Increasing Access to Health Information at the Workplace: One Step to Delivering on SDG #3 in Global Supply Chains

by Carolyn Rodehau
Apr 5, 2016 12:30 PM ET

“We can’t get any.”

“We ran out.”

“We don’t know where to find them.”

These are common responses by factory nurses and managers when asked if they have health education materials available for their workers in low and middle income countries.

This is an easily fixable problem for many formal workplaces around the world – if we avoid the typical and unsustainable approach of paying print shops to produce colorful, glossy documents.  Workplaces have the necessary resources – desktop printers and internet connections – to make health information available at a low cost, based on immediate need. Meeting this need would help advance progress to Sustainable Development Goal #3 - Ensure healthy lives and promote well-being for all at all ages.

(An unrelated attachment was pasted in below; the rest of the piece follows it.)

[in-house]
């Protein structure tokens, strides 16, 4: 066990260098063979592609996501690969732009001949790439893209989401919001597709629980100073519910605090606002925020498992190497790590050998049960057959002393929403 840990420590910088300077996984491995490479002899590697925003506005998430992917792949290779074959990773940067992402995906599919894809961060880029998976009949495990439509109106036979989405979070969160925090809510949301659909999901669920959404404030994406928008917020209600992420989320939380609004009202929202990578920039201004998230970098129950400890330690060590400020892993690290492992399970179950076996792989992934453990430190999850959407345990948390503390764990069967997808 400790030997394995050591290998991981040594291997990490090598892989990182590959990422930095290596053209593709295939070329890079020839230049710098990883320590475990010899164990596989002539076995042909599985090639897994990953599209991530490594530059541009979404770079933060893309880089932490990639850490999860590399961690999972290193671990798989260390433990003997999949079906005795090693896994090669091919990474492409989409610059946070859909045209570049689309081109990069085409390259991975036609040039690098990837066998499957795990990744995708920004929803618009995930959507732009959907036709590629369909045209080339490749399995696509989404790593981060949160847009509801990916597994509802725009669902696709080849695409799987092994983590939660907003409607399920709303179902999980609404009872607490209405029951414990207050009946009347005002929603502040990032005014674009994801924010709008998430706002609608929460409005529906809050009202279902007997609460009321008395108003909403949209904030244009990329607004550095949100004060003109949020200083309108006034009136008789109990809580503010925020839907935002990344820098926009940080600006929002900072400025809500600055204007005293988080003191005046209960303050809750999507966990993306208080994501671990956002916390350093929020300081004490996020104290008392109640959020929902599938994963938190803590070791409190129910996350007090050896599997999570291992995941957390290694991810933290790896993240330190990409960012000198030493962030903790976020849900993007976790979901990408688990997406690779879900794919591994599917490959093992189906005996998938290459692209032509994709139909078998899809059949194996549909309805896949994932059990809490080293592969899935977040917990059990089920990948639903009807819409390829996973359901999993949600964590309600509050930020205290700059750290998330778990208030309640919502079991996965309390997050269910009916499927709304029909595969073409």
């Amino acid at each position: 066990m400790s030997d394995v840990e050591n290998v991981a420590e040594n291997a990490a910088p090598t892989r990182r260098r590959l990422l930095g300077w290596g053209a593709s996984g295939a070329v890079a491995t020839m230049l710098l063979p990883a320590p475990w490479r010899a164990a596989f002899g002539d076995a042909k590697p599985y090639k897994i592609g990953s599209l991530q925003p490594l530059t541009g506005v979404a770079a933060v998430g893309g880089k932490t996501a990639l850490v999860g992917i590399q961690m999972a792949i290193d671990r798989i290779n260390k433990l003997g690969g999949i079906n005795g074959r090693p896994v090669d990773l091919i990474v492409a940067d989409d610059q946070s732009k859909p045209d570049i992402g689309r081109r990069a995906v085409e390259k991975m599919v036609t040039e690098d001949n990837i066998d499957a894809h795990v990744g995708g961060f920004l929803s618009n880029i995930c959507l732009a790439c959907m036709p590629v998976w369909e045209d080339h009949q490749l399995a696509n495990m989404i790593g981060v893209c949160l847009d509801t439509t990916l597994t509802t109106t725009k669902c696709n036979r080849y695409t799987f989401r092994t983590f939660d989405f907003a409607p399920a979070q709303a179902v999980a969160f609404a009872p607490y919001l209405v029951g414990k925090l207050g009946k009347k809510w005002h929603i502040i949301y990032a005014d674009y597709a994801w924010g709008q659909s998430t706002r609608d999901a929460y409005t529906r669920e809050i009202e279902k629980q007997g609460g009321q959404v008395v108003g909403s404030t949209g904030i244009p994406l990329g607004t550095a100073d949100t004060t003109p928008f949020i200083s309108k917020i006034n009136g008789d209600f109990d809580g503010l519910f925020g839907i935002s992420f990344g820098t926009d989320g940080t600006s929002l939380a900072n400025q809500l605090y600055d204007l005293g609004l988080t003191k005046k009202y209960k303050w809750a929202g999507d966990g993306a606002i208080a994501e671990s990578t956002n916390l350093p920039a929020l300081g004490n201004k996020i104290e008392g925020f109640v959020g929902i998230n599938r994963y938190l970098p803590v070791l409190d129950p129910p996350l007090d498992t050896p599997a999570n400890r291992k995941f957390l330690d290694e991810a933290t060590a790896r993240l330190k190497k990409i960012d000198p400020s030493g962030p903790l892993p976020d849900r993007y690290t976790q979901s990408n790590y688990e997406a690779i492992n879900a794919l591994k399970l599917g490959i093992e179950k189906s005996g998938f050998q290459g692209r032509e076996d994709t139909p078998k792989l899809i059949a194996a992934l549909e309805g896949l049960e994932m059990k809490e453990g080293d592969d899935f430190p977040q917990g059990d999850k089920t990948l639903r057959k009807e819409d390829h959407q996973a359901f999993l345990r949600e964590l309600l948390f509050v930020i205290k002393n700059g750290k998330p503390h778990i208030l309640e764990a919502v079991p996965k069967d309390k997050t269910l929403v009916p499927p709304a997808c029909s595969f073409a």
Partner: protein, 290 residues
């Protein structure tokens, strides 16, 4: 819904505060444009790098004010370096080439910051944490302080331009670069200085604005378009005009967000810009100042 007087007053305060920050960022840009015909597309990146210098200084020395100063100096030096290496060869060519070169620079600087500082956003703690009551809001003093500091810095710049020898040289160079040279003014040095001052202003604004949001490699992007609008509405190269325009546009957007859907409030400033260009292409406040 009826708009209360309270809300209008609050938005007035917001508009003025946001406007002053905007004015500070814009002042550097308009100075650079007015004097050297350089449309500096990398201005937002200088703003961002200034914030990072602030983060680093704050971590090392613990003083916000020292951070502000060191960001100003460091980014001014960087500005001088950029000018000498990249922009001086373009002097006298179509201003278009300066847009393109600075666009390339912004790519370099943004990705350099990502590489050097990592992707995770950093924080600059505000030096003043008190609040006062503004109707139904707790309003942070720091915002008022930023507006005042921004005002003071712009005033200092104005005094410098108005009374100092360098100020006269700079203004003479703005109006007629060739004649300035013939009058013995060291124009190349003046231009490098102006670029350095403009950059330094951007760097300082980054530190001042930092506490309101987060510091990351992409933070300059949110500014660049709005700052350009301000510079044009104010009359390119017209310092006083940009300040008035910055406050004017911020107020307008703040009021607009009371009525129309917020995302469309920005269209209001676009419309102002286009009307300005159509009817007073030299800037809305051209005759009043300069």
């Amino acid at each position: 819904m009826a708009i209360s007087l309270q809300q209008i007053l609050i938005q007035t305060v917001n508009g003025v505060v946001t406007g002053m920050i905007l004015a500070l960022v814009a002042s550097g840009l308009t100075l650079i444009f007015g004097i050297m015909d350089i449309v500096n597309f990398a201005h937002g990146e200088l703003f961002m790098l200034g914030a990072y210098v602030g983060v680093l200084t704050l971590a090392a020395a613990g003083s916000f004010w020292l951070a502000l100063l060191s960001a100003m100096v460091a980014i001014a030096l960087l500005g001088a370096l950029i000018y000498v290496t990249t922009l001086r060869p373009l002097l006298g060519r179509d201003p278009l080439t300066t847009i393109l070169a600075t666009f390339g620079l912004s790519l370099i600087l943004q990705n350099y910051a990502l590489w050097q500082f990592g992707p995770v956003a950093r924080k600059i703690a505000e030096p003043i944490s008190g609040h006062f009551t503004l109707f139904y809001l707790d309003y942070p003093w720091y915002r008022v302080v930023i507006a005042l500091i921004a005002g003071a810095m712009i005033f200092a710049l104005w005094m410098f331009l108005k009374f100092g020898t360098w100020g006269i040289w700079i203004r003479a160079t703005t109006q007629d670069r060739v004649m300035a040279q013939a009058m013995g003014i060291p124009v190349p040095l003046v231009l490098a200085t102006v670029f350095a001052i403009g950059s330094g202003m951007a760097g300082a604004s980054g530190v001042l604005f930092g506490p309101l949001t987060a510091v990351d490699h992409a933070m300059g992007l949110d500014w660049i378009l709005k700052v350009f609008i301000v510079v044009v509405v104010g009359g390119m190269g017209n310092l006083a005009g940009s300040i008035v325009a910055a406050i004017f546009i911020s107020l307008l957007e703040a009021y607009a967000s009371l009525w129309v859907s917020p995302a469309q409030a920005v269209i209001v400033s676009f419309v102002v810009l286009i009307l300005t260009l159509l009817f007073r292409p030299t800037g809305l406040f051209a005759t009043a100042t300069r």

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Carolyn Rodehau with Meridian Group International, Inc., serves as the Program Associate for workplace policy and programming on the USAID-funded Evidence Project. In this capacity, Ms. Rodehau supports the management and implementation of the RAISE Health Initiative and the Cambodia Worker Health Coalition, which focus on advancing policy change around corporate policies and programs to expand access to women’s health services and family planning in low and middle income countries. Prior to joining the Evidence Project, she served as the Program Manager for the Health and Nutrition Global Initiative at Save the Children (SC), which ensures the delivery of quality programming across SC’s global Maternal, Newborn, and Child Health (MNCH) portfolio through technical capacity strengthening, communications, and knowledge management activities targeting the organization’s seven regional offices and 48 country offices. Ms. Rodehau holds a B.A. in Law and Society from American University and a Postgraduate Certificate in Global Health from John Hopkins University’s Bloomberg School of Public Health. She is currently pursuing a MSc. in Public Health from the London School of Hygiene and Tropical Medicine.